I THINK what probably happened was that the aerial root snapped, and the new growth came out a bit wonky.
Can I grow a new Monstera from aerial roots?
You need a node from the stem of the plant.
The reason it’s advisable to include an aerial root on a cutting is that you’re guaranteed to have a node, but if you have a node on your cutting that doesn’t have an aerial root you very well may still have a viable cutting.
Also, aerial roots can turn into subterranean roots. Here’s a Philodendron brasil I’ve been propagating. The little dried out aerial roots have begun to grow into water roots:
By the way, you can root a leaf-cutting without a node, but it won't produce any more leaves unless there's a node. You'll just have a leaf with roots.
Should I put my Monstera’s aerial roots in water?
I have a dedicated article for all the info on putting Monstera aerial roots in water, btw, but here’s the short version
I’m going to assume we’ve all seen the TikTok that went viral because the girl GUARANTEED that putting an aerial root in water will make it shoot out a new leaf.
I’m not saying that this person is lying, just that it isn’t a hack. Correlation/causation and all that, plus a bit of biology.
Whilst I don’t do it myself, I think it’s a great way for people with e.g. ADHD to deal with forgetting to water plants.
There are two reasons that that particular hack worked. One is extremely obvious, and one is not:
1…It was literally June
Of course, her Monstera grew a leaf, it’s the growing season. She’d done enough research about Monsteras to have come across this hack, so we can safely assume she was providing it with a level of care.
We don’t know what level of care, just that she sometimes watered it. In June, that’s all Monstera need to grow. If it wasn’t growing I’d be looking for pests and adjusting the lighting.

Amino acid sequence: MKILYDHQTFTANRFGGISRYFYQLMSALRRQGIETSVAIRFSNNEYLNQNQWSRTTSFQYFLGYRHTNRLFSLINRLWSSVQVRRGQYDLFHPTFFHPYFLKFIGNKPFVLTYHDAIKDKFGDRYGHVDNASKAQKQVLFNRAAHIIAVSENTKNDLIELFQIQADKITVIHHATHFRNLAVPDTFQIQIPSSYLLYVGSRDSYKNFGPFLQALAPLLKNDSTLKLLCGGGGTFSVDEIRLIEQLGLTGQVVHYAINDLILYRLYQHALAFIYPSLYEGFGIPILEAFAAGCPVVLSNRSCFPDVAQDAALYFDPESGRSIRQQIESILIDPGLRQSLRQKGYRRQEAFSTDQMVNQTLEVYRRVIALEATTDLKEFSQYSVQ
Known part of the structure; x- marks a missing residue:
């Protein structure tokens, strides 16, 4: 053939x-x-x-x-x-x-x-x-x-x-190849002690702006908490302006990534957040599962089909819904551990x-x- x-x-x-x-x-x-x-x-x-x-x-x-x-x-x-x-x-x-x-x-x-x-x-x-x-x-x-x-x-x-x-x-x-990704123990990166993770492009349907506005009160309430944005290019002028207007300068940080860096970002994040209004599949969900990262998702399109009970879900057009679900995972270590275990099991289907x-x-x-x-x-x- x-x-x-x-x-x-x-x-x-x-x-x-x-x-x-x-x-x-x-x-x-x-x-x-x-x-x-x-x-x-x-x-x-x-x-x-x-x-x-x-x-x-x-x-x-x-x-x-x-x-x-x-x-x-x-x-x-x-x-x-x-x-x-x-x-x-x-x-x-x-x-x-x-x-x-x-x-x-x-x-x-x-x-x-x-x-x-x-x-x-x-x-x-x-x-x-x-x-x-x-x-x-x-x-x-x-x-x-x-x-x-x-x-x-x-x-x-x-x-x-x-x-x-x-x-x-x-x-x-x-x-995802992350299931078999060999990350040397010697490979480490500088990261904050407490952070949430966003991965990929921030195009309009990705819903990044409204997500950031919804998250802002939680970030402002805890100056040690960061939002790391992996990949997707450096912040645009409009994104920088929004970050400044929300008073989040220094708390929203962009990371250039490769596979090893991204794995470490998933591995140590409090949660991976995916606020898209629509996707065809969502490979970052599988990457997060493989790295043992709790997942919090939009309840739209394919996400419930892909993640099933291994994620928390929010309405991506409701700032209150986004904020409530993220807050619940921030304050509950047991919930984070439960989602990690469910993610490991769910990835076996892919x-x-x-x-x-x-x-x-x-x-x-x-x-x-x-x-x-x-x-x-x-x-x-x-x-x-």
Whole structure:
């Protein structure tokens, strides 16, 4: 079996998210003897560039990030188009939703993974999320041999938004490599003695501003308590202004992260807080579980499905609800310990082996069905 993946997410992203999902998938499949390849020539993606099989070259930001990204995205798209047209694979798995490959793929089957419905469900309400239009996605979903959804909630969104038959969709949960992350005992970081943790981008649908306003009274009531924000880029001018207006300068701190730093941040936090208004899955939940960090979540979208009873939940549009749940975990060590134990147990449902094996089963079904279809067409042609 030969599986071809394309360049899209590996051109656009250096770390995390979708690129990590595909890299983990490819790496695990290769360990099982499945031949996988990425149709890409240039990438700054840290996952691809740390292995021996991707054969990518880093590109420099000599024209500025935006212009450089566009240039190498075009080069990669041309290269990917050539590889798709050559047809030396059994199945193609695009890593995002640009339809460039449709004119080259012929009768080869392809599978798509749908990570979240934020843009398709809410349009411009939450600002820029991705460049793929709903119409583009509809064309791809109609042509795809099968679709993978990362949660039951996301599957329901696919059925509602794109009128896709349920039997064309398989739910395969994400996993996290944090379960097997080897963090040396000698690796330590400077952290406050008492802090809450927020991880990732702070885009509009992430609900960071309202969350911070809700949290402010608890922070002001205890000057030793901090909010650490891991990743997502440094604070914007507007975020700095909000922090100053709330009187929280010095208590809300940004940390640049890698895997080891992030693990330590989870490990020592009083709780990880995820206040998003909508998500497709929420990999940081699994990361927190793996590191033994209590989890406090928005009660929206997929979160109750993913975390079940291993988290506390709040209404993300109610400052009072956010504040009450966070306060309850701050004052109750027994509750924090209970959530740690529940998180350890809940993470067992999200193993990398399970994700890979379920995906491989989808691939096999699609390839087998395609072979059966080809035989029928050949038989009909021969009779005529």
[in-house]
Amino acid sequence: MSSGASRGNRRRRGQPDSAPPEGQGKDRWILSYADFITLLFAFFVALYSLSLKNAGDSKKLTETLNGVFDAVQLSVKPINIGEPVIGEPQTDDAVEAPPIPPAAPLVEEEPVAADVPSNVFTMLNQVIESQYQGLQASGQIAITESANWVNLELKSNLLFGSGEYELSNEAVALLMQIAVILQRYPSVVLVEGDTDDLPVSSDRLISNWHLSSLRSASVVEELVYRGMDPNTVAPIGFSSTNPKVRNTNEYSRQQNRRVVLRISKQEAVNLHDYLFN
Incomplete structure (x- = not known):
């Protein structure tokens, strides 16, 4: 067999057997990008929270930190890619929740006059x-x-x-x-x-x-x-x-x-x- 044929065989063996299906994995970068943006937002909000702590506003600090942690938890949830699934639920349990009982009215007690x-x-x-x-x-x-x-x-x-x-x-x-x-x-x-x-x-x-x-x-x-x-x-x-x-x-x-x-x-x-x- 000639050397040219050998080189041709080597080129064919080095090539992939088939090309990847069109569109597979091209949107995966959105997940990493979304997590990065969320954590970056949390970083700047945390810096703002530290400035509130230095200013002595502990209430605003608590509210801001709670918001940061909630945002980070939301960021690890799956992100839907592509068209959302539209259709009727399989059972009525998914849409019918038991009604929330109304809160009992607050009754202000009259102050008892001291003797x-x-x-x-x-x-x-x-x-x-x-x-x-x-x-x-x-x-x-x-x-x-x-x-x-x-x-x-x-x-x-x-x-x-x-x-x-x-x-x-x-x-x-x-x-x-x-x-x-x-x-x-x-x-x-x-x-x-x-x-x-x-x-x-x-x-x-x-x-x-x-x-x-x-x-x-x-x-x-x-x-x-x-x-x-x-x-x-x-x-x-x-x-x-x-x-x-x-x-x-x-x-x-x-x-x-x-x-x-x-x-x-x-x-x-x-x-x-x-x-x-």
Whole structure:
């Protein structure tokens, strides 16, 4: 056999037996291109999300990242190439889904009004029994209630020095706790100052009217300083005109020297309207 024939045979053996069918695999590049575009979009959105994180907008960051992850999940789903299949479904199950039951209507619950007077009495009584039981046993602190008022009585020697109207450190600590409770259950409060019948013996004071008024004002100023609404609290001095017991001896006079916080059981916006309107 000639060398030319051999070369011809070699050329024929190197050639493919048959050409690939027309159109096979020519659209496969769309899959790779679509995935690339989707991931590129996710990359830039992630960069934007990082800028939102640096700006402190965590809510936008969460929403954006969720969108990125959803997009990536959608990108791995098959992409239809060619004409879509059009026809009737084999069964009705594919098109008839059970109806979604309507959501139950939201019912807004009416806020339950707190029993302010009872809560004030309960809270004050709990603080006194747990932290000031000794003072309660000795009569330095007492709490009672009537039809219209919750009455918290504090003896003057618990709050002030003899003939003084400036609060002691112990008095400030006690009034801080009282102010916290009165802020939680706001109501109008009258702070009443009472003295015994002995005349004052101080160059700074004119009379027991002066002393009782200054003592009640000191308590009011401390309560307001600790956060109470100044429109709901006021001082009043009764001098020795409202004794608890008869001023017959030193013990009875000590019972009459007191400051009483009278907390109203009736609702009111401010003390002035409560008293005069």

2. Turgor pressure
Plants that are droopy have low turgor pressure. Upright plants have higher turgor pressure.
If you put an aerial root in water, turgor pressure will increase. The aerial root is absorbing water and causing the plant to plump up like air inflating a tyre.
So how does that makes a plant grow faster?
It doesn’t always BUT it does mean that the plant is getting a consistent source of water. In June. When it might dry out more often.
The aerial root in water hack is just a lazy way of watering your Monstera consistently.
Which I am all for.
If it works then what’s the issue?
A couple of things:
- You’re bound by the little vases of aerial roots forever
If you remove the water, the turgor pressure will reduce and you’ll have to be more on it with your watering to get the same level of growth.
- Monstera roots are…not small
Meaning that you’ll have to either trim the roots or use bigger and bigger vessels to keep the secondary root systems in. Monstera roots grow quickly (though admittedly, they do grow slower in vases than they do under soil) and the bigger you let them grow, the more the plant will suffer if you decide the roots are getting too big.
- You’re increasing the chance of root rot
You’ll need to keep the water in the vases well aerated, otherwise bacteria will thrive and you might end up with root rot.
It’s just one more thing, you know?
- If you want to put the roots back in with the mother plant, you have to transfer them to soil
Okay, so you’ve tried the whole roots-in-water thing, but you’re sick of it now. You decide to plant the secondary root system back into the same pot as the main plant.
Transferring water roots to soil is my pet hate.
Keeping the soil moist without rotting the roots is tough. It’s even harder when you risk overwatering an established plant as well.
My tip here is to mist the top of the soil so it remains damp but not wet OR wait until the secondary root system is very well established (i.e. it has a decent-sized root ball, not just a couple of straggly roots) and hoping it’s strong enough to ride out the transition period relatively unscathed.
Should I point my Monstera’s aerial roots into the soil?
Yes. This is my answer and I stand by it.
Aerial roots are strong, and Monstera are heavy and liable to fall over. When you point the aerial roots back into the soil the ends begin to behave like subterranean roots. They grow bifurcated and tapered and provide a solid foundation for the Monstera.
If you have a big enough pot and high enough humidity that aerial roots will grow well, you can grow a MASSIVE Monstera without needing a moss pole.
I can’t show you any pictures of my Monstera roots growing in the soil, because they’re so embedded in the soil that they’ll snap if I remove them. I do have pictures of my Monstera Thai Constellation aerial roots that grow in water as subterranean roots though: